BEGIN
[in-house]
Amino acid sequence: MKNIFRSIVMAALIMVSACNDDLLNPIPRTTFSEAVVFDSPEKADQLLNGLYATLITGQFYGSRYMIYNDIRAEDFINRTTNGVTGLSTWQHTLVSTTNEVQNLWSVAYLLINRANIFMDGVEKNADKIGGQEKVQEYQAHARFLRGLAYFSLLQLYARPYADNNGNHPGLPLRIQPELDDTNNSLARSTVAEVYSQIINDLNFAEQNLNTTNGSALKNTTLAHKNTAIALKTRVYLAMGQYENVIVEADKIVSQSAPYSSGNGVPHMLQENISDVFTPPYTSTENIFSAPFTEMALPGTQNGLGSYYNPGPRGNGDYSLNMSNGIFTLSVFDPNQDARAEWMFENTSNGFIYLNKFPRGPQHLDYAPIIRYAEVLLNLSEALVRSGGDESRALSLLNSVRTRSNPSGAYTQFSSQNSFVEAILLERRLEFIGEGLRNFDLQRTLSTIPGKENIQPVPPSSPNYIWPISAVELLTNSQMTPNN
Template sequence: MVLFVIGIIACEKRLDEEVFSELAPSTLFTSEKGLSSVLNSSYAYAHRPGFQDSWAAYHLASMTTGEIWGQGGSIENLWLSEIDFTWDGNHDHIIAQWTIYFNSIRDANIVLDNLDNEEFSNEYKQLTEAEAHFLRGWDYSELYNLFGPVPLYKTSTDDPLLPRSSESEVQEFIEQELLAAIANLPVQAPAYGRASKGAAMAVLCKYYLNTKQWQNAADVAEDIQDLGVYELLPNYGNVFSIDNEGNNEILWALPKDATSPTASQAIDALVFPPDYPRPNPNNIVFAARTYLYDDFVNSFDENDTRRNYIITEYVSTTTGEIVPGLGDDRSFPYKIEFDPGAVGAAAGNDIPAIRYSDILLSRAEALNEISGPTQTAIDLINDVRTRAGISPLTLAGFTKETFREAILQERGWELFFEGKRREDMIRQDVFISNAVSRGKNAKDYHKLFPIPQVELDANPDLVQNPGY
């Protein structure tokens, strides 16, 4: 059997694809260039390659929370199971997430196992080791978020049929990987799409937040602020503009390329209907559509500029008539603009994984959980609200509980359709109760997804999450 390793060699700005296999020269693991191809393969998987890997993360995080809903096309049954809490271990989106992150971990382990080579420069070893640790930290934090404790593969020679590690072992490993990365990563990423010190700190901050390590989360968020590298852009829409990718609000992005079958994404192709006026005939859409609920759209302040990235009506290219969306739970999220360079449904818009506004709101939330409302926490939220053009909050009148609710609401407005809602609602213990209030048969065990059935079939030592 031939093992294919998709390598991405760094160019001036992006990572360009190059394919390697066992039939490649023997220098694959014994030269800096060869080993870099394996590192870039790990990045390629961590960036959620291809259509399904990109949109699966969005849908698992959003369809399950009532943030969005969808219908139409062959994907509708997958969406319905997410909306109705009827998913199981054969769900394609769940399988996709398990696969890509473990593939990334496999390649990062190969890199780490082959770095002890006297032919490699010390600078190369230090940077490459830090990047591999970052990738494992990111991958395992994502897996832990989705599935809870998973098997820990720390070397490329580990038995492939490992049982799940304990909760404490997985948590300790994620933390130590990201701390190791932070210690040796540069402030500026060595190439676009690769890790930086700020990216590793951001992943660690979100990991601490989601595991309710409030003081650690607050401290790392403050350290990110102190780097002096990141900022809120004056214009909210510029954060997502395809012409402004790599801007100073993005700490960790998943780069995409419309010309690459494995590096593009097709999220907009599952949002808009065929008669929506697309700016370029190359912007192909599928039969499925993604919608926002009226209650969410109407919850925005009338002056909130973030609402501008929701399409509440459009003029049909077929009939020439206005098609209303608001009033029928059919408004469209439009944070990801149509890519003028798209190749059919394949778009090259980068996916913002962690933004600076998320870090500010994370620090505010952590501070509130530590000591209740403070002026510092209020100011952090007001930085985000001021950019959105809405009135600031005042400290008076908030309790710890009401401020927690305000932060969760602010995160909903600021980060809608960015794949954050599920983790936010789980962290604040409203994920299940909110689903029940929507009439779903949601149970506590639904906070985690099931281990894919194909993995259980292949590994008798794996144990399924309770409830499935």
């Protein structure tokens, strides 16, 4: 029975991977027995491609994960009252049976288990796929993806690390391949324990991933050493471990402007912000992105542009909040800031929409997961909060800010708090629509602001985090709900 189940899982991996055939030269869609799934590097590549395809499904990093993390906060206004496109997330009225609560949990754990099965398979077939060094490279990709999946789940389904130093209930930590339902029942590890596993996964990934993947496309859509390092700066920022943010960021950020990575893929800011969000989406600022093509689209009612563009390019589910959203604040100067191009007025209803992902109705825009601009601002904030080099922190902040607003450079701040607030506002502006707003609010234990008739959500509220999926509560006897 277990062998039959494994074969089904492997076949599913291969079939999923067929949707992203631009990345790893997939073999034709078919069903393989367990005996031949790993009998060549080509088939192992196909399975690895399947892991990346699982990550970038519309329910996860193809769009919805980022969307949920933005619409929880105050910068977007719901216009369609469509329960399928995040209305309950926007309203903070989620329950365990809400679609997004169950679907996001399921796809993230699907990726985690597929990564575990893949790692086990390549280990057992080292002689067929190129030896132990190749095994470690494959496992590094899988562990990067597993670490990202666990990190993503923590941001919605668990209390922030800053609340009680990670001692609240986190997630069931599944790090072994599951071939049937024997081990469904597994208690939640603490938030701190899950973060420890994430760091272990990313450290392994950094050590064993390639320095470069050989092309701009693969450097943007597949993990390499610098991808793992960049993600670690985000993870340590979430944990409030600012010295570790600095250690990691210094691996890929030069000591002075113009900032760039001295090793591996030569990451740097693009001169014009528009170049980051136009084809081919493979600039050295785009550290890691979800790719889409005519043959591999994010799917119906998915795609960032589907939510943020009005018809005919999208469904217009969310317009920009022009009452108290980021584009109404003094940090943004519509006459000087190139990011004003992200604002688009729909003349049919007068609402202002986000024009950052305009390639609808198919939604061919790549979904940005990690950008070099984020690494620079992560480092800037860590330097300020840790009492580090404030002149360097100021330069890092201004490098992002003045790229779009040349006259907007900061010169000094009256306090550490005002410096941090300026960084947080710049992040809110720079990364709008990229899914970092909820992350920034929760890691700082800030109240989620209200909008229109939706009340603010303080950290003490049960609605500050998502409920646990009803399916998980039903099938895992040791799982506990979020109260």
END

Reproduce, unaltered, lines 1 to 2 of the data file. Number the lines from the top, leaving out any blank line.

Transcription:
[in-house]
Amino acid sequence: MKNIFRSIVMAALIMVSACNDDLLNPIPRTTFSEAVVFDSPEKADQLLNGLYATLITGQFYGSRYMIYNDIRAEDFINRTTNGVTGLSTWQHTLVSTTNEVQNLWSVAYLLINRANIFMDGVEKNADKIGGQEKVQEYQAHARFLRGLAYFSLLQLYARPYADNNGNHPGLPLRIQPELDDTNNSLARSTVAEVYSQIINDLNFAEQNLNTTNGSALKNTTLAHKNTAIALKTRVYLAMGQYENVIVEADKIVSQSAPYSSGNGVPHMLQENISDVFTPPYTSTENIFSAPFTEMALPGTQNGLGSYYNPGPRGNGDYSLNMSNGIFTLSVFDPNQDARAEWMFENTSNGFIYLNKFPRGPQHLDYAPIIRYAEVLLNLSEALVRSGGDESRALSLLNSVRTRSNPSGAYTQFSSQNSFVEAILLERRLEFIGEGLRNFDLQRTLSTIPGKENIQPVPPSSPNYIWPISAVELLTNSQMTPNN